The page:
It is always interesting to see what will pique people’s interest.
David Graeber, a professor of anthropology at the London School of Economics wrote a short article titled On the Phenomenon of Bullshit Jobs. To his amazement within a short while it was translated into 15 languages and students posted parts of it in London’s Underground on the walls. As a result Graeber decided to do more research on the topic and finally wrote a book with the title Bullshit Jobs.
Recently the book was discussed at the annual Hay (book) Festival in Wales. Hans Pienaar reported on Litnet that Graeber used social media to conduct a survey where he talked to people about their work.
According to the results,
37% of people in Britain believed that the work they do are meaningless while another 13% doubt whether their jobs have any significance.
Graeber believes that the more productive the work you do, the less you are paid. Many people reported that their family members have the impression that they are doing something important because they wear suits to work, while they feel that they actually do very little real productive work.
Some people even thought that the whole sector where they work, is of little significance. An important measure in Graeber’s research was whether the workers themselves believed that their work was meaningless. According to Graeber each person has a desire deep down to leave his or her mark on the world. To realise that that is not going to happen, can be very traumatic.
Think of one of Pharaoh’s servants keeping him cool by waving a palm leaf all day. The only significance he could find in his work was if he believed that the Pharaoh was a god and that he would receive eternal rewards of some kind. Almost like the people who worked for a low wage while building the huge cathedrals in Europe and were made to believe that they will inherit eternal life for their work.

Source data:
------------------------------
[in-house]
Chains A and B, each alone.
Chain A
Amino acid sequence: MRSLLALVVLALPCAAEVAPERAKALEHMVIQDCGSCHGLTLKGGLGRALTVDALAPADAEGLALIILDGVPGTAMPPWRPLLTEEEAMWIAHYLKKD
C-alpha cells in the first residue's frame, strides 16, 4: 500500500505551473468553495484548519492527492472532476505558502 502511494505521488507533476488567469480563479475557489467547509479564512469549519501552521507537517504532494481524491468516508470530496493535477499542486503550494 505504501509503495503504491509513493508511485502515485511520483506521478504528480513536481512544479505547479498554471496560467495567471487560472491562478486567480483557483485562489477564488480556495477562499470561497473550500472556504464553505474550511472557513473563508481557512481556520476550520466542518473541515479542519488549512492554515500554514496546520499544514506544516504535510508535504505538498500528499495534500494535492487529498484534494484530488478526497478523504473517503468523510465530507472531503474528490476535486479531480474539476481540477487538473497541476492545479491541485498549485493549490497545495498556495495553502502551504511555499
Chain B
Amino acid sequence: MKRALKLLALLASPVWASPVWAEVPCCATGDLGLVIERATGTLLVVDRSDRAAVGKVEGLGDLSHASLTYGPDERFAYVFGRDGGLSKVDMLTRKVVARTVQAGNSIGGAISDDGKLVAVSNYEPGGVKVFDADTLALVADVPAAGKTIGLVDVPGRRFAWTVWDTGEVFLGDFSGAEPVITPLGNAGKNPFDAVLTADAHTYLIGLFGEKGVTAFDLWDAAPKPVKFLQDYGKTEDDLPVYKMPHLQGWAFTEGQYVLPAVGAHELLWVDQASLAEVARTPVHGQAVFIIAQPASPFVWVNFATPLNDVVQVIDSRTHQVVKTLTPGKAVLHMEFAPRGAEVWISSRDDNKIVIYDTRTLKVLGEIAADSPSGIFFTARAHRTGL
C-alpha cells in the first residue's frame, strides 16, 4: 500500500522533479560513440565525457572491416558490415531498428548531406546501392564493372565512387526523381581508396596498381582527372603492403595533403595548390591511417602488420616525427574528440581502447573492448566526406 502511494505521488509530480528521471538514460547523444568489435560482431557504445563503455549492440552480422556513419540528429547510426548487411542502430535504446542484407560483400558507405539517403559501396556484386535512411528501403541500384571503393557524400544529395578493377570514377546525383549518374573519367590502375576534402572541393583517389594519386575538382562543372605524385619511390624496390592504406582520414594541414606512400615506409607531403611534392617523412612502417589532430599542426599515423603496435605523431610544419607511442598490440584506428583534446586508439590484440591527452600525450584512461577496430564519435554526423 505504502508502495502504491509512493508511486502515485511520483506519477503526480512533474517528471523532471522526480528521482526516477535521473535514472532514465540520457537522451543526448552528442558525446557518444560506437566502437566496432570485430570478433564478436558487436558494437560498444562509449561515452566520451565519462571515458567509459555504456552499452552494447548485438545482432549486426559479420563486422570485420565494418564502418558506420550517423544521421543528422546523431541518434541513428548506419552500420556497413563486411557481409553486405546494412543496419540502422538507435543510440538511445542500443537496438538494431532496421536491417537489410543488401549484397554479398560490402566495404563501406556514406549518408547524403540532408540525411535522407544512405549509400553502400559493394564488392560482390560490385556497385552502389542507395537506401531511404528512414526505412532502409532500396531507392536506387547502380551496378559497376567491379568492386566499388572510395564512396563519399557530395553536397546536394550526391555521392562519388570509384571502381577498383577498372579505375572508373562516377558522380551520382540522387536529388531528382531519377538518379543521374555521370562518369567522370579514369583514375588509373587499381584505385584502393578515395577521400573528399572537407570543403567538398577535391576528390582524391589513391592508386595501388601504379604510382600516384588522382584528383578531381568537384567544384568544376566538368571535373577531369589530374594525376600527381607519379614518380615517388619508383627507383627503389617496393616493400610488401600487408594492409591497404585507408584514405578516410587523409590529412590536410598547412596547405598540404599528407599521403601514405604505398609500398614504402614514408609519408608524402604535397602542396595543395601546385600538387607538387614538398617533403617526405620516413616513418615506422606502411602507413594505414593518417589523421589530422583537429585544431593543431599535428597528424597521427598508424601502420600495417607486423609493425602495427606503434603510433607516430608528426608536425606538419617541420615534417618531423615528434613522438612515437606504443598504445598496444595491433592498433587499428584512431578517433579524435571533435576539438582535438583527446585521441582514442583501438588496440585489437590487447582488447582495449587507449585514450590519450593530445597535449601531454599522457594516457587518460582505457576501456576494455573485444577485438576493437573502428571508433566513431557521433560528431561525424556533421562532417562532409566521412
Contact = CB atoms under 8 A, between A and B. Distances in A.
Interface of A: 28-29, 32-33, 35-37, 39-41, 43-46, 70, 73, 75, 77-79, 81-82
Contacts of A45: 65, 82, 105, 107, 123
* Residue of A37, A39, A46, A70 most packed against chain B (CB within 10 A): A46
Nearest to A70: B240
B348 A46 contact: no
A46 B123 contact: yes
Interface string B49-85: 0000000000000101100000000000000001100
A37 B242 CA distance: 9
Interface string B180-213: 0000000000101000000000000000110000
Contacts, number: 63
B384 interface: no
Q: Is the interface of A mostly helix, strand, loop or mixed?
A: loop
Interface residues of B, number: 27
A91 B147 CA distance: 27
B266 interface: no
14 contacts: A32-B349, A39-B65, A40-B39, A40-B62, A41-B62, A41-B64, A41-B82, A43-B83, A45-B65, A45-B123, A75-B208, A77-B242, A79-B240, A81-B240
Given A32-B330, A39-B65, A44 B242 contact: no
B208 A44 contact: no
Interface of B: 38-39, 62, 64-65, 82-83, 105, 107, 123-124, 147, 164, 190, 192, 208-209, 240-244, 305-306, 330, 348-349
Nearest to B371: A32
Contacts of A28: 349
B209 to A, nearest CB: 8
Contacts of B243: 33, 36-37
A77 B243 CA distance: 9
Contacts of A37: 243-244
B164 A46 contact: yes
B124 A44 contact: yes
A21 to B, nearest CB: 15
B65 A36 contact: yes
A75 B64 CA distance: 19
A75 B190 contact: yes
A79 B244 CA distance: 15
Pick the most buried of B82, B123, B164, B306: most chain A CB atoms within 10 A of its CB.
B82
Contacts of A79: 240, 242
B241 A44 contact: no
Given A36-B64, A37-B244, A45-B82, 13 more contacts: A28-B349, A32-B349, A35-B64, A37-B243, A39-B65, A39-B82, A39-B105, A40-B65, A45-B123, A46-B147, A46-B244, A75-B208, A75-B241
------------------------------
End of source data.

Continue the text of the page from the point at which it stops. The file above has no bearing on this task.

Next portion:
# I believe that many so called “bullshit jobs” may not be sustainable in the long run. When the economy hits a downturn or we have a change in the structure of the economy such jobs very easily become obsolete.
Advances in technology also have a devastating effect on employment. Seth Godin argues that for any job that one can write a job description, it may be possible to write a computer programme to replace that job in the next 30 years. According to Godin the jobs that will remain are those that creative people will create for themselves.
This means that entrepreneurship will become increasingly important in the years to come. It is time for us to change our thinking from “where can I find a job?” to “what job can I create for myself?” We need to be pro-active and creative to be able to land jobs for ourselves and our children in the future.
If you have never spared a thought about being an entrepreneur, perhaps the time is now and the first question; what product or service to produce?
For a real head start in business, click here to join us at the Business by the Book course on 27 & 28 July 2018 at Val de Vie in Paarl.